What’s the outlook on that with the Biden administration?

The beginning of the Biden administration is in some ways a return to a more normal state of being for the US. But from a policy perspective a lot of those things haven't changed yet. Biden has been extremely slow to reverse many of the things that on the campaign trail, he was very quick to say he was going to change. He signed some executive orders on day one that rescinded some of the meanest aspects of the Trump immigration refugee apparatus, but has kept in place a lot of the emergency measures that are justified at least nominally under the guise of the coronavirus crisis. For instance he hasn't raised the resettlement cap.

There's this real reluctance to change things because Biden's getting beat up about what's happening on the Southern border by the Republicans. If I'm speaking frankly, he thinks Americans are too stupid to tell the difference between asylum at the border and refugee resettlement. And these are two totally separate issues entirely. I think there's a sense that these issues could get conflated in the minds of voters and that he's going to be seen as soft on immigration if he follows through on the promises that he's made. So the vestiges of the Trump era are still with us. That meanness is still with us.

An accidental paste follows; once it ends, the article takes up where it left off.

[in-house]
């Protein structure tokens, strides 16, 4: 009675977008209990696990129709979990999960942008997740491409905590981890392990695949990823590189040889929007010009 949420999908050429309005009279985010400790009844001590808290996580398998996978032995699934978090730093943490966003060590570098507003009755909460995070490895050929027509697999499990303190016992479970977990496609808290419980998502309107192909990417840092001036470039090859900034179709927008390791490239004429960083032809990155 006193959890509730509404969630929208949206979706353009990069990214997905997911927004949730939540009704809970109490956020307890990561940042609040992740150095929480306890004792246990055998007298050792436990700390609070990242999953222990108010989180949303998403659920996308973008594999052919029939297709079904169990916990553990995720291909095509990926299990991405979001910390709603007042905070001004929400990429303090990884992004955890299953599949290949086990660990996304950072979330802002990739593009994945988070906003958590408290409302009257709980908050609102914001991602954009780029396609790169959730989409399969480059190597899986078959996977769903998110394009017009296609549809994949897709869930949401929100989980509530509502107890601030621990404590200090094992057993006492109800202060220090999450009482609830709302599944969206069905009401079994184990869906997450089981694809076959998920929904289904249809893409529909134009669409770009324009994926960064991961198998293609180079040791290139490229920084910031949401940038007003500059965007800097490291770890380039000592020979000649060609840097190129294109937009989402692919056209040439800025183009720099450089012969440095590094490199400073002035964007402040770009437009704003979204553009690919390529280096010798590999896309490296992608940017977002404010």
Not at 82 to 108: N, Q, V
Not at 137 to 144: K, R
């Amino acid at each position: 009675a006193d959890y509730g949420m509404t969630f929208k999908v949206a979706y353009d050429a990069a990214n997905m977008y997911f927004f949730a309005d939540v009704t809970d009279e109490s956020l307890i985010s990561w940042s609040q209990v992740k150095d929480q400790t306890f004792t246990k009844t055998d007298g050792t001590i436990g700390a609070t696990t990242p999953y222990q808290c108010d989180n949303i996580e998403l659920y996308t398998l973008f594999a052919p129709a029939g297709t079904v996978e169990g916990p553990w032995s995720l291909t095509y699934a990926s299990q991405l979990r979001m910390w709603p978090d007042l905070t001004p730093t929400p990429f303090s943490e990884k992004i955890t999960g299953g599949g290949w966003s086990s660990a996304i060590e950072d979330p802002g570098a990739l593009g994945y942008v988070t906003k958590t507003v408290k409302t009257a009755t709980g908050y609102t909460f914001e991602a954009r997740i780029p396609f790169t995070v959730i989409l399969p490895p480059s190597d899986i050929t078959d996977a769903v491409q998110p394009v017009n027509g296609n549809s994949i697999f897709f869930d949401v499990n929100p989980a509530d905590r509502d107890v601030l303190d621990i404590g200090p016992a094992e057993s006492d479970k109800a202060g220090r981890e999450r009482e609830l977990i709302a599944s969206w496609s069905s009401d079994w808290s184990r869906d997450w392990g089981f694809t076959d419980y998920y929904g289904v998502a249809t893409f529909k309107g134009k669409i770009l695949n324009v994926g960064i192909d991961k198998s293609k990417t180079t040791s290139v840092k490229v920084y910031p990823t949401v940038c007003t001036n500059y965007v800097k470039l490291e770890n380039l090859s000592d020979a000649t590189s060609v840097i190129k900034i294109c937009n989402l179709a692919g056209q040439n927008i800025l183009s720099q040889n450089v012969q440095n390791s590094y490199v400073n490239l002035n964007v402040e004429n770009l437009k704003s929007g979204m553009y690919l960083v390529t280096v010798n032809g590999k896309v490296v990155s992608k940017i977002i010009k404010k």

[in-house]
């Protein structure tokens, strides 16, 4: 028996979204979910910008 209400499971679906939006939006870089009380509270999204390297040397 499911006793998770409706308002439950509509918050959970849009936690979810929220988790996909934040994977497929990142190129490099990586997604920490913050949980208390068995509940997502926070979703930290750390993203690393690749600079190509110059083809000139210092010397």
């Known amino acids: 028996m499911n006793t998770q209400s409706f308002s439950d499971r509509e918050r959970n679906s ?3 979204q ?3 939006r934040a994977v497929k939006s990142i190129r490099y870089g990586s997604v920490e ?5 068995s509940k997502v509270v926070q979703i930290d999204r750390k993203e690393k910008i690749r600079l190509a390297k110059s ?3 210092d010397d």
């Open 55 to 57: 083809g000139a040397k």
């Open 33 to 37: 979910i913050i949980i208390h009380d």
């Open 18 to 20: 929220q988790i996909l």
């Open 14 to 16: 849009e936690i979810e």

Asad and Marian are incredible people of grit and resilience. Why should it take being that exceptional to make your way out of a situation like this? Ultimately, is it a story of achievement or is it a story of luck?

It's a story of both. It was a real challenge to write a story that is both a tragedy and a triumph. An unfair and twisted reading of it could be that "if all immigrants could just work as hard as Asad, then they would be fine." The reality is that for the vast majority of people in these circumstances, even with the talent that someone like Asad has, you have to have luck break your way over and over and over and over again in order to get where he is.

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Isabelle Roughol Twitter

Journalist, podcaster, media consultant. Telling stories & building better newsrooms. Writes The Lede. Ex- LinkedIn News, Le Figaro, The Cambodia Daily. 🎓 Mizzou '08, Birkbeck '25.